- Mar 2023
Knowledge about problems on this scale brings paralyzing guilt, fear, and a sense of helplessness
// in other words - presenting knowledge alone can trigger a host of counter-productive behaviiors
- Feb 2023
- Title: Faster than expected
subtitle: why most climate scientists can’t tell the truth (in public) Author: Jackson Damien
This is a good article written from a psychotherapist's perspective,
- examining the psychology behind why published, mainstream, peer reviewed climate change research is always dangerously lagging behind current research,
- and recommending what interventions could be be taken to remedy this
- This your of scientific misinformation coming from scientists themselves
- gives minimizers and denialists the very ammunition they need to legitimise delay of the urgently needed system change.
- What climate scientists say In public is far from what they believe in private.
- For instance, many climate scientists don't believe 1.5 Deg. C target is plausible anymore, but don't say so in public.
- That reticence is due to fear of violating accepted scientific social norms,
- being labeled alarmist and risk losing their job.
- That creates a collective cognitive dissonance that acts as a feedback signal
- for society to implement change at a dangerously slow pace
- and to not spend the necessary resources to prepare for the harm already baked in.
- The result of this choice dissonance is that
- there is no collective sense of an emergency or a global wartime mobilisation scale of collective behaviour.
- Our actions are not commensurate to the permanent emergency state we are now in.
- The appropriate response that is suggested is for the entire climate science community to form a coalition that creates a new kind of peer reviewed publishing and reporting
- that publicly responds to the current and live knowledge that is being discovered every day.
- This is done from a planetary and permanent emergency perspective in order to eliminate the dangerous delays that create the wrong human collective behavioural responses.
- climate change alarmist
- climate alarmist
- Climate change underestimated
- climate change psychology
- Current climate research outdated
- 1.5 Deg C o longer plausible
- climate psychology
- climate change misinformation
- eco anxiety
- Climate change is worse than reported
- permanent emergency
- There is a spectrum of climate denialism.
- This article focuses on a group called "dismissives", who are afraid of the change that climate change will bring.
- In essence, their climate denialism is a hidden form of eco anxiety
- They can be reacting fearfully
- It also explores the new strategy of climate delay _ One subject not explored here is cognitive biases
I agree as I have heard from many young people that they aren't voting because they don't trust the politicians. They hear their promises and then when they get elected they don't deliver on those promises, so young people feel helpless to change the system.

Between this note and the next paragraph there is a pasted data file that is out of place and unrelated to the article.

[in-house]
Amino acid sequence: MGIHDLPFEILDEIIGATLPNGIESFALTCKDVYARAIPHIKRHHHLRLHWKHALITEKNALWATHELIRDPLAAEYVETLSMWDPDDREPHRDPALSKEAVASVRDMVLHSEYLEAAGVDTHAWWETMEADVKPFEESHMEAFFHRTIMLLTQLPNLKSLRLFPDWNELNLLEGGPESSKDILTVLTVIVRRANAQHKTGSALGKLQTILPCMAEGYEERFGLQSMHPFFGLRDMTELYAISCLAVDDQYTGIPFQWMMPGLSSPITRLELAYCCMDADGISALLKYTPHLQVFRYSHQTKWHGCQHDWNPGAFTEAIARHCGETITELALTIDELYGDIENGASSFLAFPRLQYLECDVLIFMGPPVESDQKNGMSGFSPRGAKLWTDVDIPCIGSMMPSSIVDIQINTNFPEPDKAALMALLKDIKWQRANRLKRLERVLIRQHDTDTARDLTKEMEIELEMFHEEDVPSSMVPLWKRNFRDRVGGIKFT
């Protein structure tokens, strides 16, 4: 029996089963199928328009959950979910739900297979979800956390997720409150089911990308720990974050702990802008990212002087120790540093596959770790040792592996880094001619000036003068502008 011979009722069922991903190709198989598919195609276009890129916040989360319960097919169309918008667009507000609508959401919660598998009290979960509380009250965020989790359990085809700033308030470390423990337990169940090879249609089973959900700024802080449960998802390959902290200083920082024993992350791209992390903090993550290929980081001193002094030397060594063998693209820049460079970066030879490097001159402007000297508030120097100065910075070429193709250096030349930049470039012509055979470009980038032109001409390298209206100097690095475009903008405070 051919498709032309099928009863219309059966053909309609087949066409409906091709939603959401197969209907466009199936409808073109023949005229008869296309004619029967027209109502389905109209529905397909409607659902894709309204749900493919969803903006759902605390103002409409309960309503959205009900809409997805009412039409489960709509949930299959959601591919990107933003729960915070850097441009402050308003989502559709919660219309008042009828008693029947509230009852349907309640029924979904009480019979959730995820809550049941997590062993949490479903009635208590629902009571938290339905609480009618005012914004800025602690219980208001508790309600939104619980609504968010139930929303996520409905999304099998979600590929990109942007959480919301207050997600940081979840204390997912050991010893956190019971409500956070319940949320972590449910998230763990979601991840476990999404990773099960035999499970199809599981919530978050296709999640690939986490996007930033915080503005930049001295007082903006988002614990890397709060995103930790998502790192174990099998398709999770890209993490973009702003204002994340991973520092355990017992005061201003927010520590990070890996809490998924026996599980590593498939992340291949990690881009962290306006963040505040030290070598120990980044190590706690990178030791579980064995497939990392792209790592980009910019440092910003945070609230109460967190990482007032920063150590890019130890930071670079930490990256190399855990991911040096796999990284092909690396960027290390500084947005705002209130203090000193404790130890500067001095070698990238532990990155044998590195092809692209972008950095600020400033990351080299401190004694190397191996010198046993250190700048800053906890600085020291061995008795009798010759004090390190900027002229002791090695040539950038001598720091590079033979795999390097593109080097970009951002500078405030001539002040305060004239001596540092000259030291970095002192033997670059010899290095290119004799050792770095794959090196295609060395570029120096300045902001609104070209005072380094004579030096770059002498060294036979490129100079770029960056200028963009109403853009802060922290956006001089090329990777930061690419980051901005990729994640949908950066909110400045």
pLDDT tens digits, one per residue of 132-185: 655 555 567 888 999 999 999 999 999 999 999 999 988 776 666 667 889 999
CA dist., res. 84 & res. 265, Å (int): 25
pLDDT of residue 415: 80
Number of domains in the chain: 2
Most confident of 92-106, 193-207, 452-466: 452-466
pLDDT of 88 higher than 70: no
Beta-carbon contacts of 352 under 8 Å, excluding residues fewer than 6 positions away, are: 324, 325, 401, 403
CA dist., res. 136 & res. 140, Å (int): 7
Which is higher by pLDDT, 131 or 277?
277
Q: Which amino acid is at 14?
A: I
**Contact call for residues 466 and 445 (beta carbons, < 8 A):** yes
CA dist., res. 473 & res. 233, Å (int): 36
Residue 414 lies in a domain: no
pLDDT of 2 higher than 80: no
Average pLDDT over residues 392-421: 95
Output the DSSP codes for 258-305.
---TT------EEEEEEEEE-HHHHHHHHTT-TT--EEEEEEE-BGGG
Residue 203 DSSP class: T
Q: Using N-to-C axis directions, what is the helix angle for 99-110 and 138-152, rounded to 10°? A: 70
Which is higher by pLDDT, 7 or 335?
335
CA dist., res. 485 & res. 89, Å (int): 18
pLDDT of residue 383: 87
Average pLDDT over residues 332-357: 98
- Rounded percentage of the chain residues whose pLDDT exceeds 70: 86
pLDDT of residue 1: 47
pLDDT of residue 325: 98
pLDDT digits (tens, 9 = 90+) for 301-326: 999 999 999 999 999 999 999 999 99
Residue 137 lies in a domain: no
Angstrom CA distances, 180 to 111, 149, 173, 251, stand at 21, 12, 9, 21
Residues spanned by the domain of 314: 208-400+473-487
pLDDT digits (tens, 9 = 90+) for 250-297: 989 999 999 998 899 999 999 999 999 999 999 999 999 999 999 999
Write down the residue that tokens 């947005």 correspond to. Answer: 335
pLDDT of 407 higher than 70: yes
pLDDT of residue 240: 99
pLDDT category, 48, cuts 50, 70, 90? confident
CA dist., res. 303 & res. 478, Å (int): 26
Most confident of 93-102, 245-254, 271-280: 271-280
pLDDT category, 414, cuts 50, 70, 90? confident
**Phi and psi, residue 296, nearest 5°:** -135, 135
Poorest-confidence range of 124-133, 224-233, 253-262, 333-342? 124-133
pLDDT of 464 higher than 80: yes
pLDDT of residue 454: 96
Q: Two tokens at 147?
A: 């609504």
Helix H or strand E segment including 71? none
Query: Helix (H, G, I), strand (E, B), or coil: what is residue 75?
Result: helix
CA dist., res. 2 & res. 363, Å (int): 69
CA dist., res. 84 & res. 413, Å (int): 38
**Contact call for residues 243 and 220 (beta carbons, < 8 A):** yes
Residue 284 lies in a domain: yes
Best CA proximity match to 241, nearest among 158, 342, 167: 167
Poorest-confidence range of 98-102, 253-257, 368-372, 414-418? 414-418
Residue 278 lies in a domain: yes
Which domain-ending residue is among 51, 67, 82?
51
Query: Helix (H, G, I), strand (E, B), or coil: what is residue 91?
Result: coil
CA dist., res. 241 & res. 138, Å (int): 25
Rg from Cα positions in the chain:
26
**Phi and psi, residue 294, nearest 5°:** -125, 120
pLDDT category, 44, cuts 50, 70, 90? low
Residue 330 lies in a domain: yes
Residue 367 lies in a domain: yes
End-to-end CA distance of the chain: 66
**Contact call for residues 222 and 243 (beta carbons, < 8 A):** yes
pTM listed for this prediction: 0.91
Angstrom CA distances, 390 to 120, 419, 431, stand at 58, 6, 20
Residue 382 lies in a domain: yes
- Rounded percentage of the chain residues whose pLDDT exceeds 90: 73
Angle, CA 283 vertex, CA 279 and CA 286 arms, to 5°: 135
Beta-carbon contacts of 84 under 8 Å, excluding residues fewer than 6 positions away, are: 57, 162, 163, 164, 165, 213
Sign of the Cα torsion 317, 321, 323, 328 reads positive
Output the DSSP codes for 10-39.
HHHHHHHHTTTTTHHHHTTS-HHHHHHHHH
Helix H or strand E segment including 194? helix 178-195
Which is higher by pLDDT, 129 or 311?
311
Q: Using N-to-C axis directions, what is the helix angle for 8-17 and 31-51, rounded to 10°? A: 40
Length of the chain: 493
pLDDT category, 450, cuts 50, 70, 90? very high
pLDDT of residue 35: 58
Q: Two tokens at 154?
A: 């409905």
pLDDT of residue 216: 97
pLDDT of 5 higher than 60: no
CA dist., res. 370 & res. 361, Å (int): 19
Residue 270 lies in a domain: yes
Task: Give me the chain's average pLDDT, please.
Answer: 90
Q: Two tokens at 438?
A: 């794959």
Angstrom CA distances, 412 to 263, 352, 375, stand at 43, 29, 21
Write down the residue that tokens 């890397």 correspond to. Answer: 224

- The young are alienated from voting
- Q: What are their options?
Over 50% of people reported feeling powerless or helpless in the previously mentioned study.
- = eco-anxiety
- = climate change anxiety
- 50% of people reported feeling helpless
The survey — the largest of its kind — asked 10,000 young people in 10 countries how they felt about climate change and government responses to it.The results, released in a preprint on 14 September1, found that most respondents were concerned about climate change, with nearly 60% saying they felt ‘very worried’ or ‘extremely worried’. Many associated negative emotions with climate change — the most commonly chosen were ‘sad’, ‘afraid’, ‘anxious’, ‘angry’ and ‘powerless’ (see ‘Climate anxiety’). Overall, 45% of participants said their feelings about climate change impacted their daily lives.
- = climate anxiety
- = ecoanxiety
- feelings of = helplessness, = powerless
- Sep 2022
"Respondents across all countries were worried about climate change (59% were very or extremely worried and 84% were at least moderately worried). More than 50% reported each of the following emotions: sad, anxious, angry, powerless, helpless, and guilty. More than 45% of respondents said their feelings about climate change negatively affected their daily life and functioning, and many reported a high number of negative thoughts about climate change (eg, 75% said that they think the future is frightening and 83% said that they think people have failed to take care of the planet).
!- for : Social Tipping Points - Tipping Point Festival - Meaning crisis
- Jan 2022
WHO/Europe. (2022, January 24). 732 days of #COVID19 in the WHO European Region – in 15 figures 👉 https://bit.ly/3rHKfAB Find out more in the thread 👇 https://t.co/3QGLeQ4jsO [Tweet]. @WHO_Europe. https://twitter.com/WHO_Europe/status/1485650319489052674
- Dec 2021
Hignell, B., Saleemi, Z., & Valentini, E. (2021). The role of emotions on policy support and environmental advocacy. PsyArXiv. https://doi.org/10.31234/osf.io/45pge